Great Cooking is All About Good Technique and Ingredients. Here are Two Solid, Standby Recipes to Win Dinner Every Time
By the time you’re thirty, there are a few things you really should know how to do, like fixing a flat tire, fixing a leaky faucet … and fixing a meal. You don’t have to be an amazing cook, but every man definitely needs some standbys to pull out when guests are coming around. A dish or two he knows well, with ingredients and techniques he understands.
To share our picks, we teamed up with Murphy-Goode Winery, who are enjoying their 30th anniversary this year. We chatted with their winemaker, David Ready Jr., to come up with two go-to dishes that pair easily with Murphy-Goode’s classic backyard wines, one white and one red, that you count on to be a hit with any guest.
Grill-Smoked Glazed Pork Chops
Think of this as your go-to recipe when you want to eat outside, or bring the flavors of summer to a cold, dark winter evening. Serve with a bold red “cookout” wine like the Murphy-Goode Liars’ Dice Zinfandel.
Prep Time: Start 1-3 days ahead if possible; if not, they’ll still be great.
Cook Time: 2 ½ hours total, 45 minutes active
- 2 cups apple wood (or similar) chips
- 2-4x bone-in pork chops, 1 1/2-2″ thick
- Kosher salt and black pepper
Glaze (yields about 1 ½ cup):
- 1 cup apricot jam or jelly
- 1 tbsp olive oil
- 1 tbsp Brown Sugar
- ½ tsp Cayenne Pepper
- ½ dried thyme
- Water as needed
This recipe has two skills that transfer well to other meals – smoking and glazing on the grill. Adding a light, smoky flavor imparts a rugged dimension to the meal, and a depth to otherwise lean pork. Layering a glaze at the end adds a succulent finish and texture.
Choosing the Meat – If you can get them, always grill with a bone-in cut (chops, loins). Smoking meat can dry out the cuts due to the long cooking time, so start with thicker cuts of meat (about 1 ½ – 2″ thick). If you don’t see thick cuts in the case, ask the butcher to cut a few fresh from the loin. They’ll be happy to oblige.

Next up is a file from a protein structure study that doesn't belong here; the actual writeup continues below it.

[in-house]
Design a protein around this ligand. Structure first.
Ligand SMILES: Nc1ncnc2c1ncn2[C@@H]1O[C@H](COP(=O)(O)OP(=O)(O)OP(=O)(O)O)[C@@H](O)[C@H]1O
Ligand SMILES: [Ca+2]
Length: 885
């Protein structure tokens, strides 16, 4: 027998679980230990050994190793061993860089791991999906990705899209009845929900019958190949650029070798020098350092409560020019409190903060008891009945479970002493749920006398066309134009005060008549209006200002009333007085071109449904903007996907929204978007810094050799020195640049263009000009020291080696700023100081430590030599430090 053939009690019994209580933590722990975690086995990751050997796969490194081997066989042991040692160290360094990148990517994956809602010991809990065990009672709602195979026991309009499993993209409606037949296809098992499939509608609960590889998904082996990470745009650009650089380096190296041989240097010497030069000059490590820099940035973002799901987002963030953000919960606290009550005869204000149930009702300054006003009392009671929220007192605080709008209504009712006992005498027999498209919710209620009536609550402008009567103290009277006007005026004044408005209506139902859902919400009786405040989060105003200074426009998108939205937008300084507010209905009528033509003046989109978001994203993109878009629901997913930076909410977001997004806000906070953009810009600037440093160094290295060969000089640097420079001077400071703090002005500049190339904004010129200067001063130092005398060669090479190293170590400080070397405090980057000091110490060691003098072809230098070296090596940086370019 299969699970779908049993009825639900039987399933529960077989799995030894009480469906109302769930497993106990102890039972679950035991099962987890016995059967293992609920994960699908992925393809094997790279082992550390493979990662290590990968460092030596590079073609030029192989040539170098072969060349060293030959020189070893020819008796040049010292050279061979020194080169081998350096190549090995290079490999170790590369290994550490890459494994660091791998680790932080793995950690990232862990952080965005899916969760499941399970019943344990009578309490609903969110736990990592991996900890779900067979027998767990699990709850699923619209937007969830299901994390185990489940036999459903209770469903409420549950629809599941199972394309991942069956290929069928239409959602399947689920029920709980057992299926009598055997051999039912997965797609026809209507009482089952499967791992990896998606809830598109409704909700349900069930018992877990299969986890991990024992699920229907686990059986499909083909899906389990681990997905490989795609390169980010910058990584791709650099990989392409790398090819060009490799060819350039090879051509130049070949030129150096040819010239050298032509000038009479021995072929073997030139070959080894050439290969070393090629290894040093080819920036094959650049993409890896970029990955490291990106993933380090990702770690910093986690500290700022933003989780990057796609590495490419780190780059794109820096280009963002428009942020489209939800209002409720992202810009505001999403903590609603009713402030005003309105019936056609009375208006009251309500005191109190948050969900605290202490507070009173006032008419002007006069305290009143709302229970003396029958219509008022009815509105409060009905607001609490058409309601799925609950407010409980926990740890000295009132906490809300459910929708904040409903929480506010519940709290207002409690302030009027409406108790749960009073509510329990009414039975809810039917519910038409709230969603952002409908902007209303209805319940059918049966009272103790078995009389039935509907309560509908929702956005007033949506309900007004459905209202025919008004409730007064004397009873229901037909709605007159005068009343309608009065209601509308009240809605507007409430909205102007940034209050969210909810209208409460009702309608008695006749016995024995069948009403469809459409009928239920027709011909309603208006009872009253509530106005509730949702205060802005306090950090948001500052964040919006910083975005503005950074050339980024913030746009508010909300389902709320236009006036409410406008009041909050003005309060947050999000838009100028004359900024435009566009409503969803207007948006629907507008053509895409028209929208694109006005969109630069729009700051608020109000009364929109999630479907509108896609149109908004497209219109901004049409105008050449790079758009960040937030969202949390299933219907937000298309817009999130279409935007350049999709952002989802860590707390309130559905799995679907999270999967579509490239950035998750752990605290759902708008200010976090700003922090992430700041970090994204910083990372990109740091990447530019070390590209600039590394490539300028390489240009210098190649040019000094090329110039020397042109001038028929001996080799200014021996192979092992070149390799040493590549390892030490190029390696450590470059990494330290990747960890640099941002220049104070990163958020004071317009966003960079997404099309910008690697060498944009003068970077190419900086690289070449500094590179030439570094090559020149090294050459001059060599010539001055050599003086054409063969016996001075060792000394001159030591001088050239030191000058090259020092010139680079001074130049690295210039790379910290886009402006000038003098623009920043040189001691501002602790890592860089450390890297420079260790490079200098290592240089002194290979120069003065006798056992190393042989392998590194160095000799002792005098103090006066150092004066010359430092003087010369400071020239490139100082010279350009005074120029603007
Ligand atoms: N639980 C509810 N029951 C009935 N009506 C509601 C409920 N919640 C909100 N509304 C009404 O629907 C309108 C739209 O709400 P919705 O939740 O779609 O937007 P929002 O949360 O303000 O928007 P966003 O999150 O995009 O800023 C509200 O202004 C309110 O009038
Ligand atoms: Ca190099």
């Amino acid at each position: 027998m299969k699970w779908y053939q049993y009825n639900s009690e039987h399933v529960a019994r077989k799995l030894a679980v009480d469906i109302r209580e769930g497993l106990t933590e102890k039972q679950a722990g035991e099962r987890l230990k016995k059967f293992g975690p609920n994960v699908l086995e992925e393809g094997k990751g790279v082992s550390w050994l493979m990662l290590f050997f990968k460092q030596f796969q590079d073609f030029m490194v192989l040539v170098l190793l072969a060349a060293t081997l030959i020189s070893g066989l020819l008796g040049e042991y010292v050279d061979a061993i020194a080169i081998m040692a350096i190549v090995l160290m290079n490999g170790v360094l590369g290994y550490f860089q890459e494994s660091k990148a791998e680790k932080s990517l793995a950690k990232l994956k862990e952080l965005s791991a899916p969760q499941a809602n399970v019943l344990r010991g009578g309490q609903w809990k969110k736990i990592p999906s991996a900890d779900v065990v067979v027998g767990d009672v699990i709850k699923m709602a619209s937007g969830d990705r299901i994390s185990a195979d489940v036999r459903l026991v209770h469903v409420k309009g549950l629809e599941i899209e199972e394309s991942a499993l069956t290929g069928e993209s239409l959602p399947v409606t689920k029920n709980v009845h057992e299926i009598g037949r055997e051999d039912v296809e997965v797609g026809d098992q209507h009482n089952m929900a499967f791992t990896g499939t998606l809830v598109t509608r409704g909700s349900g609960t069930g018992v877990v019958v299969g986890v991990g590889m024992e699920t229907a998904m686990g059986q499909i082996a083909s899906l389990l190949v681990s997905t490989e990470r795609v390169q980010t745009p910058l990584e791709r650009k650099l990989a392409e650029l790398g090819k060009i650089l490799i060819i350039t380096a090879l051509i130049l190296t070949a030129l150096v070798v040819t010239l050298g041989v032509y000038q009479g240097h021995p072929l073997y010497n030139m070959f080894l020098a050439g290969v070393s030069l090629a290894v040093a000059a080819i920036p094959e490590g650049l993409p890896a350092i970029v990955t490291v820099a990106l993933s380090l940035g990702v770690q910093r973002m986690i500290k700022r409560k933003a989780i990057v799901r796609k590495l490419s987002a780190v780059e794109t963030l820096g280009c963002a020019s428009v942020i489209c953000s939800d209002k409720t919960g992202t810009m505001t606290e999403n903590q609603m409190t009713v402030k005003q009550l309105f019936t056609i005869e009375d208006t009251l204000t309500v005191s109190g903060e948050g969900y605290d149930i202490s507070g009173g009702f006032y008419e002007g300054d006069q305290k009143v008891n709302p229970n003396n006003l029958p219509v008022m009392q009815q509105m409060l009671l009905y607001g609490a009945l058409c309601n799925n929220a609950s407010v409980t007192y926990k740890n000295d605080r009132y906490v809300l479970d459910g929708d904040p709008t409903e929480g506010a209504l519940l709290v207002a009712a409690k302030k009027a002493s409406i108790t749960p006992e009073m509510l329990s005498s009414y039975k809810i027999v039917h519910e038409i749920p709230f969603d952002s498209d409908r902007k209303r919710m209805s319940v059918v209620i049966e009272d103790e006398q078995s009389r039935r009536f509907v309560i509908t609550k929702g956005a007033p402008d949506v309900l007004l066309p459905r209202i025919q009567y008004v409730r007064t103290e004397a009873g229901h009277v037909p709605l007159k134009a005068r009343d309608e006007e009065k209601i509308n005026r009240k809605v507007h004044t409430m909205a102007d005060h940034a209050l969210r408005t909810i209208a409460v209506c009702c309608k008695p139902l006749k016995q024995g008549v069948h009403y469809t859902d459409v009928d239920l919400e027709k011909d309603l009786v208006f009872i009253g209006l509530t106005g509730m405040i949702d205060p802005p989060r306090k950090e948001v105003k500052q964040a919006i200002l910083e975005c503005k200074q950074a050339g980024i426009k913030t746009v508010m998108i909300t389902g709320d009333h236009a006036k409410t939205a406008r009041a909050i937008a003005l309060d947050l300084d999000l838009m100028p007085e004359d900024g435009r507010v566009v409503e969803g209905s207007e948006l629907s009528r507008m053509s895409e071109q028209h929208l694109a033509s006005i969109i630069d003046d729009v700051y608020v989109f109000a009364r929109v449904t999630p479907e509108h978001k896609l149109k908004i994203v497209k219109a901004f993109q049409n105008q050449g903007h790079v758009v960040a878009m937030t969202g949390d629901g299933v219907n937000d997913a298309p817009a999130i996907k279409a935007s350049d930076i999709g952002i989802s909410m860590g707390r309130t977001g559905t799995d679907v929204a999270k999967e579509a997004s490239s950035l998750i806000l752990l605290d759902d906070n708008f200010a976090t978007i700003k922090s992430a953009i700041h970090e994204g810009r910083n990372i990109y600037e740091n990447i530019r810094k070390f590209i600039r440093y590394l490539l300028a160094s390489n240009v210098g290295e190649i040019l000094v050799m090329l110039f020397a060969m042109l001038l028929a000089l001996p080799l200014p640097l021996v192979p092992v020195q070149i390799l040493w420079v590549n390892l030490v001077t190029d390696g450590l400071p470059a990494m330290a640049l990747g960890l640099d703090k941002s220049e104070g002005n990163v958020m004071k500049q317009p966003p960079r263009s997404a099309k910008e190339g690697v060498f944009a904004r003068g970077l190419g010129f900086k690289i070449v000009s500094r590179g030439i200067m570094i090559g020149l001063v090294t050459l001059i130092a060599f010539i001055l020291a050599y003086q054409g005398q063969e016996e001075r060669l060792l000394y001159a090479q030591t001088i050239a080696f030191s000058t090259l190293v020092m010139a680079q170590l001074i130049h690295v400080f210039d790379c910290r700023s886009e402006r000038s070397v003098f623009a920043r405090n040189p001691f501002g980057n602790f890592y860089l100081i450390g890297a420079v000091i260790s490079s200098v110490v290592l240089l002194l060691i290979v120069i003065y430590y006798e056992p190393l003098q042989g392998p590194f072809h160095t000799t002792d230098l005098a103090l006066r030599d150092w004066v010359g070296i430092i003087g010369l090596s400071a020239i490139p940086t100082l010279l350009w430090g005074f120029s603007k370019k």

The Dry Curing Process – Pork is an ideal meat for “salting” (also known as dry brining), which flavors the meat Add a healthy layer of salt to both surfaces, and place uncovered in the refrigerator for 1-3 days. When it’s time to cook, take the meat out and pat dry, brushing away any extra salt. Any seasonings or flavor added after this step shouldn’t contain salt, as it can overpower the meat. You can always add more.
Smoking on a Gas Grill – Just because you own a gas grill doesn’t mean the hearty flavor of smoking is out of reach. I’ve used a few different methods to add smoke to my grilling adventures on a gas grill, including fancy smoke boxes. But, the easiest method is just a simple foil packet (or foil pan) packed with soaked fruitwood chips.
To prepare the package, soak some apple, cherry, or similar fruit tree chips in a bowl of warm water for at least 45 minutes (or up to 3 hours). Once the chips are soaked, take a doubled up piece of foil about 12” wide and place 2 cups of drained chips in the middle in a wide strip. Fold up the ends, and fold each side over loosely. Poke 4-5 slits with a knife on the top to help the smoke escape. Take the entire packet and place on the grill over medium-high heat for about 45-60 minutes before adding the meat. Don’t expose the packet directly to the flame, as it will burn up and lose all the chips. The goal is to get a sustained smoke that will last for hours, so let it heat up slowly.